The governor of South Dakota has reached out to President Donald Trump in the ongoing standoff with two Native American tribes that have set up vehicle checkpoints on federal and state highways to prevent the spread of coronavirus on their land.
Republican Gov. Kristi Noem sent a four-page letter to the president Wednesday, seeking help in resolving the dispute.
The Oglala Sioux and Cheyenne River Sioux tribes put the checkpoints in place in April and have resisted the governor’s orders to remove them. The state insists the checkpoints are illegal and argues the tribes did not consult or reach agreement with the governor before going forward with the roadblocks, as required by law.
“This is not taking sides,” Noem said at a news briefing Wednesday. “This is simply upholding the law.”
Noem said she sent affidavits and video of the checkpoints to the White House, Justice Department, Interior Department and the state’s congressional delegation, according to several news reports.
About two weeks ago, Noem threatened to take the tribes to federal court if they did not remove the checkpoints on roads that pass through reservations within 48 hours.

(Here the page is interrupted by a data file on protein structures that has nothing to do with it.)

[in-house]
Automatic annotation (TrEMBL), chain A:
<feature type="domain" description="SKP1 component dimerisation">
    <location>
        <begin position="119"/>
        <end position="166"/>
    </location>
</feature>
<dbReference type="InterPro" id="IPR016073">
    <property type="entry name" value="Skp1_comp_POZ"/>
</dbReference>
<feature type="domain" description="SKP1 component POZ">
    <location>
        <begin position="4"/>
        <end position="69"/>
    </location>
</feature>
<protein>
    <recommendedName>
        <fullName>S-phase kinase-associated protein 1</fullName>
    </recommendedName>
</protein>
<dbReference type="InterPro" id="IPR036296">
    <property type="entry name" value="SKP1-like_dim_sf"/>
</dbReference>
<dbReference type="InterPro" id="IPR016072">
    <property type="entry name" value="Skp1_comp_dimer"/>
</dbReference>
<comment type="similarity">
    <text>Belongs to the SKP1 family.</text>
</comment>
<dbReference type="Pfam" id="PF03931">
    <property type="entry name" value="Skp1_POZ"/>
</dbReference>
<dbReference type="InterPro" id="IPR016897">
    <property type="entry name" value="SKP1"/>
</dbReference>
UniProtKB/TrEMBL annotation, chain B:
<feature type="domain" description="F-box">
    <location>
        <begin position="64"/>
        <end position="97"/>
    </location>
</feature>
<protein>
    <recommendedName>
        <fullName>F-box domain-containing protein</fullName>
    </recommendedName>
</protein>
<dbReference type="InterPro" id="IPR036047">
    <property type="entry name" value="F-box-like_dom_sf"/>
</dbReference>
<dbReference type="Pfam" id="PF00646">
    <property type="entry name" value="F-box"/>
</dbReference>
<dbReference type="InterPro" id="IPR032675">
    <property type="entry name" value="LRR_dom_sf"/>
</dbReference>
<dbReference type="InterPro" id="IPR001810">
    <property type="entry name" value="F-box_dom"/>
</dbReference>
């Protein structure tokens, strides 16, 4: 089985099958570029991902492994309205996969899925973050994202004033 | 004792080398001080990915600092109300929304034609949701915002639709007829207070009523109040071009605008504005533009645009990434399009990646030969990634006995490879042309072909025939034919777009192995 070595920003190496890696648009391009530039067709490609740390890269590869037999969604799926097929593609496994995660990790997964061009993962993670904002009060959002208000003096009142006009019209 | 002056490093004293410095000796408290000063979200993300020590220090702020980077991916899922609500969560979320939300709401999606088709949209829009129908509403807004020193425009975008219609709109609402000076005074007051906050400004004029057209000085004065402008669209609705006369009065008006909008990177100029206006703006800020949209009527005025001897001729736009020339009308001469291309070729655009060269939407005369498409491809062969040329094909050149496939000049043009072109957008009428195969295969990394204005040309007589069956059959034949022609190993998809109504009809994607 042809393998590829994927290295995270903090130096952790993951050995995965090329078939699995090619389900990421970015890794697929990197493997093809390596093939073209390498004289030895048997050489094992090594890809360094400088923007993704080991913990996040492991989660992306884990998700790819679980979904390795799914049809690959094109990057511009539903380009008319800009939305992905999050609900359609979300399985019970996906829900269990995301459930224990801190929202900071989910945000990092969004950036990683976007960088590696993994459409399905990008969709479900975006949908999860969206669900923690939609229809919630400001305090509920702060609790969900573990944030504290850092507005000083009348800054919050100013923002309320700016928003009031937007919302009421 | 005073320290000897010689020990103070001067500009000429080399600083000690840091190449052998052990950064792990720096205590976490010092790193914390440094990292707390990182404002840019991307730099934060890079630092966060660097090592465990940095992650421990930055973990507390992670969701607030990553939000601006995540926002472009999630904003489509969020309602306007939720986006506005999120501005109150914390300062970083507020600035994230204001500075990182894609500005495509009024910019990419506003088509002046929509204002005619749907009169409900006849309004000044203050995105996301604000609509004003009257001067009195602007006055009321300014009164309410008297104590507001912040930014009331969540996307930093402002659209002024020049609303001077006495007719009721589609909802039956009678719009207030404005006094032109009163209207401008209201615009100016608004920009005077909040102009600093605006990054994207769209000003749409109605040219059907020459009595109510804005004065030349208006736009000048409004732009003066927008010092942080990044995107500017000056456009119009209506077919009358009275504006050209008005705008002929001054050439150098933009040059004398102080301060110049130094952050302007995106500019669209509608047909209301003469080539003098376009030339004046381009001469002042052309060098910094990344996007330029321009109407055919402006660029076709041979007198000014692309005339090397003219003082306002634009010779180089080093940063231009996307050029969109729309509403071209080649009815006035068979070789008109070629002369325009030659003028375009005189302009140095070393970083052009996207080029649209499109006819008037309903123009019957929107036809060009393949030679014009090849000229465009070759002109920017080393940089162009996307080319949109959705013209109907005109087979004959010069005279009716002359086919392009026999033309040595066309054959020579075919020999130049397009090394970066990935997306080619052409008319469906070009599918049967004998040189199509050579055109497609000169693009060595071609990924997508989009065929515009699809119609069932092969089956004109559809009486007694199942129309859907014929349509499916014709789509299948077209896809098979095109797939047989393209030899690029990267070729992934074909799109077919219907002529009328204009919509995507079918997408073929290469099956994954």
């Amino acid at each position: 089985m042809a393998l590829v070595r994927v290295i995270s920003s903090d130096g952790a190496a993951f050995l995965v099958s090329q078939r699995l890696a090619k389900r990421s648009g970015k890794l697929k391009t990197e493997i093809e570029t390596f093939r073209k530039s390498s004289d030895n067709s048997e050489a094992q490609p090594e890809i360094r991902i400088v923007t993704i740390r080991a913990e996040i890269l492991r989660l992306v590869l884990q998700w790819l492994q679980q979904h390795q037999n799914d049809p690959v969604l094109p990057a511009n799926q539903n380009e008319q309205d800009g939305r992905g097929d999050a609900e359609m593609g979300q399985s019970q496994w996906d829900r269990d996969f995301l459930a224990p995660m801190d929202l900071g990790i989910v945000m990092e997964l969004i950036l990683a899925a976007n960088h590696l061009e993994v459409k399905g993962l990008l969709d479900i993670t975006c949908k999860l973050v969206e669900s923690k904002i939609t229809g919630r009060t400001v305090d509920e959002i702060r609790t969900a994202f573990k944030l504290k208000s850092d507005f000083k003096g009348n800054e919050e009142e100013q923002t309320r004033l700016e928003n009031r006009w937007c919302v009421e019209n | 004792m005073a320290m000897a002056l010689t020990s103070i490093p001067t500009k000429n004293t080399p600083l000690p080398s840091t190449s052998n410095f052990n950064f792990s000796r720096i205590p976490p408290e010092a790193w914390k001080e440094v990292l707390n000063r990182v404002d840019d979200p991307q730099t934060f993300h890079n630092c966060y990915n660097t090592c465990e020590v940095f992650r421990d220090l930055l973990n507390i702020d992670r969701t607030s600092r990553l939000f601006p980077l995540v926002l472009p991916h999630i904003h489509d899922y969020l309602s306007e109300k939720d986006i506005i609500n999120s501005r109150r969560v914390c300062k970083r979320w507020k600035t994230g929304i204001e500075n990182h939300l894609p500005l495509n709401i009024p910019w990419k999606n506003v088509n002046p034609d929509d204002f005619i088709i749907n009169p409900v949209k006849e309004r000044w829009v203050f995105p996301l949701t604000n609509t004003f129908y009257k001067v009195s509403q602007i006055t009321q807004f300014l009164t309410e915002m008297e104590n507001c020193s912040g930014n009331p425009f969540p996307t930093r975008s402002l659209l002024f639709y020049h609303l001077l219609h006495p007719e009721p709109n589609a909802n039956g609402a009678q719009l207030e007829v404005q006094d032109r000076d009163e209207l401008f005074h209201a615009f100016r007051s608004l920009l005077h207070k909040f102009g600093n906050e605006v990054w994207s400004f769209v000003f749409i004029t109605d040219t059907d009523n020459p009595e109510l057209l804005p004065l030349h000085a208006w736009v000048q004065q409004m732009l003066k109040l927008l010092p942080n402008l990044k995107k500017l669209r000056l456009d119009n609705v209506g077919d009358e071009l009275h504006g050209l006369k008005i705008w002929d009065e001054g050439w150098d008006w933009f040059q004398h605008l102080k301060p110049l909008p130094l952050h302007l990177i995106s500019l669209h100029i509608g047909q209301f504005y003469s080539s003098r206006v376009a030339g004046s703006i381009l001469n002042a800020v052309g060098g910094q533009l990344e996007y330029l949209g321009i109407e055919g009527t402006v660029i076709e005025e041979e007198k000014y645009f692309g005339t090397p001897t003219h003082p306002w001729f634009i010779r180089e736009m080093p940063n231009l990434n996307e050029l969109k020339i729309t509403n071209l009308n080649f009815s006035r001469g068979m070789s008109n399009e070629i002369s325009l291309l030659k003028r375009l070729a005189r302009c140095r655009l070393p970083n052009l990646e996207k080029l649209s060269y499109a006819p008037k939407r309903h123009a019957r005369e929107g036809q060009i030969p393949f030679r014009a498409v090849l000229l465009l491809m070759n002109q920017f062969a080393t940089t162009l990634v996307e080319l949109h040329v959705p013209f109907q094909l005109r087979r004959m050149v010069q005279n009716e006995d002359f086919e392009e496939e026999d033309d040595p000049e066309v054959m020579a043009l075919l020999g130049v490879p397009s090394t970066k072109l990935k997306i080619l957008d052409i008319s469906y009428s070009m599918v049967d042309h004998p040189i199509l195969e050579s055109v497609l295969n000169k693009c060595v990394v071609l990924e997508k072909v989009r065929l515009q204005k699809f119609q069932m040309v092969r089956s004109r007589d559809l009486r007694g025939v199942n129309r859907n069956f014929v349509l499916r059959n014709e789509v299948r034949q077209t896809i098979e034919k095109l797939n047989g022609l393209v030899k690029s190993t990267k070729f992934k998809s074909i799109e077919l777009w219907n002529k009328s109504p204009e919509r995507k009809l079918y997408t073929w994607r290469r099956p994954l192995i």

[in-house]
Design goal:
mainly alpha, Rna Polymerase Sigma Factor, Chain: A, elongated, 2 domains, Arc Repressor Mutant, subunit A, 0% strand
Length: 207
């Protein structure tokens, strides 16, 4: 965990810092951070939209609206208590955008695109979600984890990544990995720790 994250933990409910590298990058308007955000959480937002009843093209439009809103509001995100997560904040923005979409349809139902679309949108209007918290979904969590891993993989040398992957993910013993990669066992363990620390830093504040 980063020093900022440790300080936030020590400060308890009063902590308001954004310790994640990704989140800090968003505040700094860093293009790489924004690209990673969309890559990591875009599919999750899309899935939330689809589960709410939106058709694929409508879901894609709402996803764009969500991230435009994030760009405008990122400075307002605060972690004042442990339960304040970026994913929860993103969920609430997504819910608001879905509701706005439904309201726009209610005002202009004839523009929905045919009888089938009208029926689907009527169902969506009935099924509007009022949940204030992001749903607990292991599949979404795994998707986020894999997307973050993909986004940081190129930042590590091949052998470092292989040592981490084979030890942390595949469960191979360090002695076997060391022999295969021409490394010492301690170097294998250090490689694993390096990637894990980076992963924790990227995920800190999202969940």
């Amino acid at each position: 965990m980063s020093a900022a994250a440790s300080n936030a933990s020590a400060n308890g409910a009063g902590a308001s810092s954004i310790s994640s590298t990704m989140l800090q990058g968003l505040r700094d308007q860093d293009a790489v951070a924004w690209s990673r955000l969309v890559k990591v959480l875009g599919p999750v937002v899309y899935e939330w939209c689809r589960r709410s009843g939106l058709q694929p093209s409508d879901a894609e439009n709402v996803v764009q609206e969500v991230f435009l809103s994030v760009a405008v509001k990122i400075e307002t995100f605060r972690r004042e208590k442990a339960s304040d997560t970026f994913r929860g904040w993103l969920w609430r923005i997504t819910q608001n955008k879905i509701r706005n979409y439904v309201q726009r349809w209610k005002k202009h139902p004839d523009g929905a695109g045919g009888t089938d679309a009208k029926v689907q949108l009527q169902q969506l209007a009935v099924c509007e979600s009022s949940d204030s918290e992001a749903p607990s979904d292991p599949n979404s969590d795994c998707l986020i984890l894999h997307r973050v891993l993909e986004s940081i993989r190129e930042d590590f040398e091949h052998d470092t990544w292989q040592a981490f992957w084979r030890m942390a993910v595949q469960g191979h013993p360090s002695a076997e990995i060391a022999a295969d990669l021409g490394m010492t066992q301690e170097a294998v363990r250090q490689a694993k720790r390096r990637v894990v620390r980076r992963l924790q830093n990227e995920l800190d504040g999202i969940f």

“The checkpoints on state and US highways are not legal, and if they don’t come down, the state will take the matter to federal court, as Governor Noem noted in her Friday letter,” Noem’s senior adviser and policy director, Maggie Seidel, wrote in an email to the local Argus Leader newspaper on May 10.
But last week, Noem backed down from taking the tribes to court, instead choosing to negotiate on the issue if the tribes were willing to come to the table.
Neither tribe has budged in the interim, arguing that their self-implemented restrictions are the only way they have to keep the virus from exploding in their communities.
“We want to ensure that people coming from ‘hot spots’ or highly infected areas, we ask them to go around our land,” Cheyenne River Sioux Tribe Chairman Harold Frazier told CNN on May 11.
Last week, Frazier wrote to Noem, saying his tribe would consider her request, but he also told The Associated Press he believes the tribe’s sovereignty allows it to operate checkpoints anywhere on the Cheyenne River Indian Reservation, in northern South Dakota.
Tribal leaders fear their limited facilities would become quickly overwhelmed in an outbreak, with the closest intensive care unit about three hours away.
Unequipped to deal with a large number of cases, tribes turned to cutting tourism as a first line of defense against the virus.
The tribes are only allowing vehicles to pass through the reservations for essential business, and that access is granted only if the vehicle has not traveled recently from a hot spot of the outbreak. Drivers are also required to complete a health questionnaire. Some cars have been turned away.
Besides the checkpoints, both tribes have also issued strict stay-at-home orders and curfews for their communities.
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